• Mountain says:

        I propose we continue to help the world develop and watch the fertility rate continue to drop. The world’s fertility rate was 4.95 in the early 1950s; it’s now 2.36. Anything below 2.1 and population will decline.

        In the developed world, where people have education, healthcare, and job opportunities, the rate is already below 2.1. In the developing world, as opportunities improve (the most recent decade has been a noticeably prosperous one in Africa), that number will continue to drop.

        So, let’s continue to build free and prosperous societies (especially for women), and the population will reduce itself.

        • Die Bremer Stadtmusikanten says:

          Mountain said,
          “So, let’s continue to build free and prosperous societies (especially for women), and the population will reduce itself.”


          Hans Rosling explains: http://goo.gl/R7k1q9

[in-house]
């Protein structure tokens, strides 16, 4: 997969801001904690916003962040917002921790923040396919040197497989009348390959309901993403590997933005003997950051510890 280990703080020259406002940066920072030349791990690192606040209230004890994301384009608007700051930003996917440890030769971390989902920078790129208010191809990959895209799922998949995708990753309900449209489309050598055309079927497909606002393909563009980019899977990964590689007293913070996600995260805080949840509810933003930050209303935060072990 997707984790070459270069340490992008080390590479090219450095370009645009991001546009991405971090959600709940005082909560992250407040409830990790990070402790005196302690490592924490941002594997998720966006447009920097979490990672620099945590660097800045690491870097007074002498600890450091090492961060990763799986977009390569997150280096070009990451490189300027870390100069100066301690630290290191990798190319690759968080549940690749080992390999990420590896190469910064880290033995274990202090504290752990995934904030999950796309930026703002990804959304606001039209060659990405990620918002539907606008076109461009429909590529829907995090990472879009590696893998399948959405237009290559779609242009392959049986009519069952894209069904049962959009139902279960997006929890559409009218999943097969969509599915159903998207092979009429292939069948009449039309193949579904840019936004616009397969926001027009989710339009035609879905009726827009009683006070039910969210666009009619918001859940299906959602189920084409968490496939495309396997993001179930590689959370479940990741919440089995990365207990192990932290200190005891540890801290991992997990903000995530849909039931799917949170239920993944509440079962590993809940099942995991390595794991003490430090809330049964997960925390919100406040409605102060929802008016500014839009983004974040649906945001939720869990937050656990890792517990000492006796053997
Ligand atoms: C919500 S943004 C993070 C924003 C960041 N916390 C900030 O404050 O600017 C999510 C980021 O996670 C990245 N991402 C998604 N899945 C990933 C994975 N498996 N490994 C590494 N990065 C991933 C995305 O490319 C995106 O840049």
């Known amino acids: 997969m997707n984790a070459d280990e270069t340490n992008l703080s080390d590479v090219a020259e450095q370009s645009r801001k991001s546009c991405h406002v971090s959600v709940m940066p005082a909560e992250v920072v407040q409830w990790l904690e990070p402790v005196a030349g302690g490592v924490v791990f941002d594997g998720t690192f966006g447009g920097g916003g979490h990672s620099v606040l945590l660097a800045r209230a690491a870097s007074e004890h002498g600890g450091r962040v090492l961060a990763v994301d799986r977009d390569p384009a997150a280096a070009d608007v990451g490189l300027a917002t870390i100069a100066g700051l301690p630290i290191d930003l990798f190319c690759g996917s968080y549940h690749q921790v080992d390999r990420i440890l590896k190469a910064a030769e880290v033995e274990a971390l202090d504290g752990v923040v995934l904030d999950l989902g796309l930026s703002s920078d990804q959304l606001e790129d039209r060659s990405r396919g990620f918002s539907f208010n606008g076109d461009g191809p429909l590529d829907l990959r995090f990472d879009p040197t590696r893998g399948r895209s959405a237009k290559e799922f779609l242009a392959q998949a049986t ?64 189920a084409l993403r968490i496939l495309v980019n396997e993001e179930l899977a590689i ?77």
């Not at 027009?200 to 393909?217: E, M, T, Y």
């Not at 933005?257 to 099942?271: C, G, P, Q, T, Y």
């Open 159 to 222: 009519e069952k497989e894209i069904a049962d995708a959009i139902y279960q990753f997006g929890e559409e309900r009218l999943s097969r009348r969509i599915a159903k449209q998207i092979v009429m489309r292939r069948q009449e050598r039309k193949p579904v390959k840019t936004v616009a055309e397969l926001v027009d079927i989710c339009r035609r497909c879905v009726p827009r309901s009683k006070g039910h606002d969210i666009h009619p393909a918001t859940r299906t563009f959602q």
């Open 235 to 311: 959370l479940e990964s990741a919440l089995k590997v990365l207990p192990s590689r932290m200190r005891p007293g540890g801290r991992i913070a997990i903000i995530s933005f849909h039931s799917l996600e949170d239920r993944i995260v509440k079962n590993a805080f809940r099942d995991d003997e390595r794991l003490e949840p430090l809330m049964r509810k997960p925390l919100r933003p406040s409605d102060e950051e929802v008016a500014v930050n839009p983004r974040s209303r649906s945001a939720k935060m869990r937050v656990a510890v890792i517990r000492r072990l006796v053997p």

Prioritize education of women and children, a highly worthwhile humanitarian endeavor in it’s own right, and population reduction happens by itself without fruitless discussions that make us sound like misanthropes.

          • Marc says:

            I agree that empowering women is a critical part of reducing population. As a misanthrope I see the need to reduce human monopolization of the planet. How many more forests and grasslands must we destroy as we try to feed billions more?

          • Mountain says:

            @DieBremer, thanks for the support and the link.

            @Marc, I want to be clear that when I mentioned pasture & forest as part of the 8 billion acres of farmable land, I was only counting pasture & forest that are already being farmed, not turning pristine grasslands and forests into farmland.